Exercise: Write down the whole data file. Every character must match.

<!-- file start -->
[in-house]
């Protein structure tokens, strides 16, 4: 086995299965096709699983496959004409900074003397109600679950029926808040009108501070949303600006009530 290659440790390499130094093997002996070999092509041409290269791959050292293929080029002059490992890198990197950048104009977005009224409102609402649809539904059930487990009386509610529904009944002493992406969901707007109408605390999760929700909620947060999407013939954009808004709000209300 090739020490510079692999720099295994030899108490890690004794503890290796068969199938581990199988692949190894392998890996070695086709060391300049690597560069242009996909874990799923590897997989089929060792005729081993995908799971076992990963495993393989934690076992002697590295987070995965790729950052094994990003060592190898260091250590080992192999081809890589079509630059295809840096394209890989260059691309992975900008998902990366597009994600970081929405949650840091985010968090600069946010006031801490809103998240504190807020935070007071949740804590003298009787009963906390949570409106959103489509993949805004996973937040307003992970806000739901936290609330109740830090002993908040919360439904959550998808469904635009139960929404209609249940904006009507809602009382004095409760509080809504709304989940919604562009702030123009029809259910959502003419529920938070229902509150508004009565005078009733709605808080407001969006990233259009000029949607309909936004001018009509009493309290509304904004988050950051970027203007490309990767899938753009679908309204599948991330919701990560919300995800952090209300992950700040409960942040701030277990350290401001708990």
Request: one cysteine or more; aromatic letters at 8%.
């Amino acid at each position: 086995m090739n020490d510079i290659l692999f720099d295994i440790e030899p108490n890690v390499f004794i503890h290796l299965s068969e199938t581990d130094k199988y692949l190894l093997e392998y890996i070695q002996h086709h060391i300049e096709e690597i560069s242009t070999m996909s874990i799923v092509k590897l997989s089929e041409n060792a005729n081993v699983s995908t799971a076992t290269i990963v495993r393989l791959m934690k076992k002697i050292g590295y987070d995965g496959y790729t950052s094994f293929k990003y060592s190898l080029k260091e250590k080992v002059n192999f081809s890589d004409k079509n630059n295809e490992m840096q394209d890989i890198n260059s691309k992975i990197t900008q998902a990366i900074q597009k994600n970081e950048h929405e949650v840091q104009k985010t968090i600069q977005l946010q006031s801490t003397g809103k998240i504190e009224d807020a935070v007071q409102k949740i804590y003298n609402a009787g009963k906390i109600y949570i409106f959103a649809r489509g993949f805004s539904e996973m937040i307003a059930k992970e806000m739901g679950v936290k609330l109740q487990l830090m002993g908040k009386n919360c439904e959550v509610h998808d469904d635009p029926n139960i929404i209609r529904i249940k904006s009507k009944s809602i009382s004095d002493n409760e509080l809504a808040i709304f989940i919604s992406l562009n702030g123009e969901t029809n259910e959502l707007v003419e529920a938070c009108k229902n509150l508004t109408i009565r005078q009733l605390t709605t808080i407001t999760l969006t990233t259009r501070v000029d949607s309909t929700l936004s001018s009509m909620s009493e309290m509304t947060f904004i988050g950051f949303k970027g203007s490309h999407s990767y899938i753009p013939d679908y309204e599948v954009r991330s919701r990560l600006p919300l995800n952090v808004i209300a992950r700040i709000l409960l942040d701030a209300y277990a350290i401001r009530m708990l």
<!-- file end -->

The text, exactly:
[in-house]
């Protein structure tokens, strides 16, 4: 086995299965096709699983496959004409900074003397109600679950029926808040009108501070949303600006009530 290659440790390499130094093997002996070999092509041409290269791959050292293929080029002059490992890198990197950048104009977005009224409102609402649809539904059930487990009386509610529904009944002493992406969901707007109408605390999760929700909620947060999407013939954009808004709000209300 090739020490510079692999720099295994030899108490890690004794503890290796068969199938581990199988692949190894392998890996070695086709060391300049690597560069242009996909874990799923590897997989089929060792005729081993995908799971076992990963495993393989934690076992002697590295987070995965790729950052094994990003060592190898260091250590080992192999081809890589079509630059295809840096394209890989260059691309992975900008998902990366597009994600970081929405949650840091985010968090600069946010006031801490809103998240504190807020935070007071949740804590003298009787009963906390949570409106959103489509993949805004996973937040307003992970806000739901936290609330109740830090002993908040919360439904959550998808469904635009139960929404209609249940904006009507809602009382004095409760509080809504709304989940919604562009702030123009029809259910959502003419529920938070229902509150508004009565005078009733709605808080407001969006990233259009000029949607309909936004001018009509009493309290509304904004988050950051970027203007490309990767899938753009679908309204599948991330919701990560919300995800952090209300992950700040409960942040701030277990350290401001708990």
Request: one cysteine or more; aromatic letters at 8%.
């Amino acid at each position: 086995m090739n020490d510079i290659l692999f720099d295994i440790e030899p108490n890690v390499f004794i503890h290796l299965s068969e199938t581990d130094k199988y692949l190894l093997e392998y890996i070695q002996h086709h060391i300049e096709e690597i560069s242009t070999m996909s874990i799923v092509k590897l997989s089929e041409n060792a005729n081993v699983s995908t799971a076992t290269i990963v495993r393989l791959m934690k076992k002697i050292g590295y987070d995965g496959y790729t950052s094994f293929k990003y060592s190898l080029k260091e250590k080992v002059n192999f081809s890589d004409k079509n630059n295809e490992m840096q394209d890989i890198n260059s691309k992975i990197t900008q998902a990366i900074q597009k994600n970081e950048h929405e949650v840091q104009k985010t968090i600069q977005l946010q006031s801490t003397g809103k998240i504190e009224d807020a935070v007071q409102k949740i804590y003298n609402a009787g009963k906390i109600y949570i409106f959103a649809r489509g993949f805004s539904e996973m937040i307003a059930k992970e806000m739901g679950v936290k609330l109740q487990l830090m002993g908040k009386n919360c439904e959550v509610h998808d469904d635009p029926n139960i929404i209609r529904i249940k904006s009507k009944s809602i009382s004095d002493n409760e509080l809504a808040i709304f989940i919604s992406l562009n702030g123009e969901t029809n259910e959502l707007v003419e529920a938070c009108k229902n509150l508004t109408i009565r005078q009733l605390t709605t808080i407001t999760l969006t990233t259009r501070v000029d949607s309909t929700l936004s001018s009509m909620s009493e309290m509304t947060f904004i988050g950051f949303k970027g203007s490309h999407s990767y899938i753009p013939d679908y309204e599948v954009r991330s919701r990560l600006p919300l995800n952090v808004i209300a992950r700040i709000l409960l942040d701030a209300y277990a350290i401001r009530m708990l």